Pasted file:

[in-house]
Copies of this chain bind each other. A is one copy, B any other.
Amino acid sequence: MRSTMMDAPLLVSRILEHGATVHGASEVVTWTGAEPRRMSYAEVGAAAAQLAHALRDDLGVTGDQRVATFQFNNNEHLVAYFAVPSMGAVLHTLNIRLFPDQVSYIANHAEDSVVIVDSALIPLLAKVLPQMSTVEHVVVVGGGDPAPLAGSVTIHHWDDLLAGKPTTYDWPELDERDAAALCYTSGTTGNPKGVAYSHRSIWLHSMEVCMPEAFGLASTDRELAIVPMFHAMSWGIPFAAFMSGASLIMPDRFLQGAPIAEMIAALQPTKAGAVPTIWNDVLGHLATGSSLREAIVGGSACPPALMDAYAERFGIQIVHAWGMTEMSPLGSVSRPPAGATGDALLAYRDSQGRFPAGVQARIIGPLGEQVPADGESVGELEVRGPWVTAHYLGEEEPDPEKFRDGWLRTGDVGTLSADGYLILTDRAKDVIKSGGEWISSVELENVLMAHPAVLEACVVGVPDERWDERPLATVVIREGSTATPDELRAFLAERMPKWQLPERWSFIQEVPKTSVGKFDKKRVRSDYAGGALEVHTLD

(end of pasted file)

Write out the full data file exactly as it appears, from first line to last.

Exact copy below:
[in-house]
Copies of this chain bind each other. A is one copy, B any other.
Amino acid sequence: MRSTMMDAPLLVSRILEHGATVHGASEVVTWTGAEPRRMSYAEVGAAAAQLAHALRDDLGVTGDQRVATFQFNNNEHLVAYFAVPSMGAVLHTLNIRLFPDQVSYIANHAEDSVVIVDSALIPLLAKVLPQMSTVEHVVVVGGGDPAPLAGSVTIHHWDDLLAGKPTTYDWPELDERDAAALCYTSGTTGNPKGVAYSHRSIWLHSMEVCMPEAFGLASTDRELAIVPMFHAMSWGIPFAAFMSGASLIMPDRFLQGAPIAEMIAALQPTKAGAVPTIWNDVLGHLATGSSLREAIVGGSACPPALMDAYAERFGIQIVHAWGMTEMSPLGSVSRPPAGATGDALLAYRDSQGRFPAGVQARIIGPLGEQVPADGESVGELEVRGPWVTAHYLGEEEPDPEKFRDGWLRTGDVGTLSADGYLILTDRAKDVIKSGGEWISSVELENVLMAHPAVLEACVVGVPDERWDERPLATVVIREGSTATPDELRAFLAERMPKWQLPERWSFIQEVPKTSVGKFDKKRVRSDYAGGALEVHTLD